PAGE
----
Office Lighting

  • Office
  • Office
  • Office
  • Office

Creating the right environment

Modern offices are increasingly dominated by display screen technology. Whilst appreciable quantities of paper documents are still in use they are normally in association with computers, and this balance is gradually moving toward increasing display screen use and decreasing quantities of written or printed text. A side-effect of this is the reduction in the amount of filing requirements as documents are stored on a computer disc.

This has resulted in a change in office furnishings with fewer storage cabinets and an increase in technology, and also in a fundamental shift in task position, from predominantly horizontal documents to predominantly vertical display screens.

Additionally in many offices collaborative working is encouraged where formal or informal face-to-face discussions occur to consider short-term issues or long-term plans.

Building design has also developed as energy costs and sustainability issues gain importance, resulting in a high proportion of modern office space receiving significant levels of daylight.

Best practice

These changes impact all aspects of the design of modern office building services including artificial lighting. Lighting must be designed to prevent disturbing reflections on display screens, requiring a high level of optical control and technical competence in luminaire design. Lighting must also provide adequate illuminance to occupant's faces, modelling features sympathetically and therefore allowing good visual as well as aural communication. This interplay of display screen versus human requirements needs careful planning of a lighting installation to produce a fulfilling space suitable for the task. Recommendations for lighting for DSE and also for modelling of faces and vertical surfaces are provided in the European Standard EN 12464-1:2011 Light and lighting – Lighting of work places Part 1: Indoor work places.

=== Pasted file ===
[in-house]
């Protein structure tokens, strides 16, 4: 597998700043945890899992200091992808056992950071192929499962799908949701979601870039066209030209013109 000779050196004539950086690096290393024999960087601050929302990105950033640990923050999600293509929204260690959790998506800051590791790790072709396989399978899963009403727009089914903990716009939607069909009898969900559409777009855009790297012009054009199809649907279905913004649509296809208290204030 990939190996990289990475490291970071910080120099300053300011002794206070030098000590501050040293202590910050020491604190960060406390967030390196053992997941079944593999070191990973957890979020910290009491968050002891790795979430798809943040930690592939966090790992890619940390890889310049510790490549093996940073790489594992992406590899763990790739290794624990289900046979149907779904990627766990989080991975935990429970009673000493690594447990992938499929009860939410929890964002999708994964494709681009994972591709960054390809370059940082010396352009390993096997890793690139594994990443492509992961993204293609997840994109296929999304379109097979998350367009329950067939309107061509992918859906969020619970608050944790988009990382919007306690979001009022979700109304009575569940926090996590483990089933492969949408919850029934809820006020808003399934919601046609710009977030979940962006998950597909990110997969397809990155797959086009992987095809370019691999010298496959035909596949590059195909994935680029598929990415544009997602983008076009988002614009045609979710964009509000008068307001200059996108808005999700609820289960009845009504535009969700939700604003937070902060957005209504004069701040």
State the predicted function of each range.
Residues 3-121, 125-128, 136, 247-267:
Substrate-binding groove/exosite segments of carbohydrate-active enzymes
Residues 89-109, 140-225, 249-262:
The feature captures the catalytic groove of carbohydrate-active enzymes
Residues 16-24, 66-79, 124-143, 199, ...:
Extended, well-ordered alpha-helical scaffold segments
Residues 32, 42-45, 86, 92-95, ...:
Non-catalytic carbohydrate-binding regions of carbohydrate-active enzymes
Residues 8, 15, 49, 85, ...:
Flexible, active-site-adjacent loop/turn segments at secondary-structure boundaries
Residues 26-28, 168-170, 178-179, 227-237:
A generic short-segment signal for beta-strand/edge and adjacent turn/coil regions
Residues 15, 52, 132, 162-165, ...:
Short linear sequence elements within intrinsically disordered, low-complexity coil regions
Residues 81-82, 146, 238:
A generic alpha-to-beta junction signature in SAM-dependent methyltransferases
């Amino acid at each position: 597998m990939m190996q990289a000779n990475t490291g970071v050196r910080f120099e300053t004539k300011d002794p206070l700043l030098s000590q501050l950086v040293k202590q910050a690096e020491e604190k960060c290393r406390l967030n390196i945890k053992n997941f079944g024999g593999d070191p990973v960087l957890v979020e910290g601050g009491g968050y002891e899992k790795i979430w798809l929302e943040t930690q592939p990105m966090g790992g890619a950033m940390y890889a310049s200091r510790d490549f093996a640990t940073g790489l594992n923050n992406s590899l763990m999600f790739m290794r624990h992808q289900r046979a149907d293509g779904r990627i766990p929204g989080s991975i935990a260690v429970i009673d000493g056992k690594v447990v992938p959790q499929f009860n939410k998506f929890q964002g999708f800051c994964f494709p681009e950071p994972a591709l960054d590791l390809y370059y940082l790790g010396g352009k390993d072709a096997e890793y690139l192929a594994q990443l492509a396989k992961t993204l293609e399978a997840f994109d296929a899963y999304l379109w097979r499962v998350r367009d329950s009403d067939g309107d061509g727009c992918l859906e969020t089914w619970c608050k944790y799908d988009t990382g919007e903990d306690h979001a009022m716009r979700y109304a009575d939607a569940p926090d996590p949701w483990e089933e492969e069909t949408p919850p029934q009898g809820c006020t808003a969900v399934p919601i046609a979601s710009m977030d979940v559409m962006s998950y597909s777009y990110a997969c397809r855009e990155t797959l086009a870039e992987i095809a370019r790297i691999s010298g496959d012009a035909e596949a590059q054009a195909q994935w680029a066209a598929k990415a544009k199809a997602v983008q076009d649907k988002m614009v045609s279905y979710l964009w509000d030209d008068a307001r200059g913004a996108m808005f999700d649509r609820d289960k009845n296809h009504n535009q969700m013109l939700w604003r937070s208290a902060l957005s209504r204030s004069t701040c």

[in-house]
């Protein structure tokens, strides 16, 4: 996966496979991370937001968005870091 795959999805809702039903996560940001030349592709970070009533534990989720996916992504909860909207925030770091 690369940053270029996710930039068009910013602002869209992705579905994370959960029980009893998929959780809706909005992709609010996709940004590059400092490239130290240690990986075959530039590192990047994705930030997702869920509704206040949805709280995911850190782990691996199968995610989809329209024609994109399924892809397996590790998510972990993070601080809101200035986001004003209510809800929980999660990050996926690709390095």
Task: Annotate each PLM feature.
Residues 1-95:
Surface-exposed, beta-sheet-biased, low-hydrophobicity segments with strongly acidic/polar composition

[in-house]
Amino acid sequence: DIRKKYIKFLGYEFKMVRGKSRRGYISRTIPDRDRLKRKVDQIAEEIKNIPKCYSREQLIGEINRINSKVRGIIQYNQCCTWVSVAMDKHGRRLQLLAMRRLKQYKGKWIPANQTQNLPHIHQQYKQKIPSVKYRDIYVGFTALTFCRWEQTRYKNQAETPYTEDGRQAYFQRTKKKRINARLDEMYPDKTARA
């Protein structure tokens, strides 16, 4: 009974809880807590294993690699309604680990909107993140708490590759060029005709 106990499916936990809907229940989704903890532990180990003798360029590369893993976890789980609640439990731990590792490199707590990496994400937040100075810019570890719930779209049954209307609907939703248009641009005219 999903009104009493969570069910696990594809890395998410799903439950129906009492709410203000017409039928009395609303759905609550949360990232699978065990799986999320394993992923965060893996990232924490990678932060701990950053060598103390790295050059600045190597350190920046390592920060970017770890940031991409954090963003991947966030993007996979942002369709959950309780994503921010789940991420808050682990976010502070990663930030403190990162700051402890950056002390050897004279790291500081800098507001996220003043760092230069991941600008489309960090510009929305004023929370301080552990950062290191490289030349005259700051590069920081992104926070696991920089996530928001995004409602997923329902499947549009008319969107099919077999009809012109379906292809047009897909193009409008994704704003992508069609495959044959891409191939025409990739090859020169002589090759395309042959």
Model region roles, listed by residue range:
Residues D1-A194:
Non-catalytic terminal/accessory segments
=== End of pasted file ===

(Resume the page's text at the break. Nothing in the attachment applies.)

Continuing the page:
EN12464-1 provides recommended illuminance levels for a variety of office tasks. These illuminance values are task related and best practice is to layer the lighting levels, balancing the level on the task, the level on the surrounding area and the level on the background. It has been shown that the perception of how light or gloomy a space appears is based upon a 40° band in front of the viewer. This is generally the room walls and a portion of the ceiling. It is therefore important that room surfaces are lit to prevent a gloomy, oppressive ambience and EN 12464-1:2011 recommends an average illuminance of 75lx on the walls and 50lx on the ceiling.

Taking control

Supplying comfortable and effective light is not the same as supplying controlled and energy-efficient light. A lighting system should interact with the space, dimming in response to increasing levels of daylight, turning on or off in response to occupancy within the space, and with increasing use of technology, especially within meetings, allow lighting scenes to be set to provide the optimal conditions for the task at hand. Lighting should be an integral part of the office ambience, giving a calm or lively atmosphere dependant upon the needs of the task and space, providing a fulfilling workplace for people to enjoy and be stimulated in, benefitting both the individual and the business.

Key products for this application are:

  • Menlo3
  • Pallion
  • Chalice 190 LED
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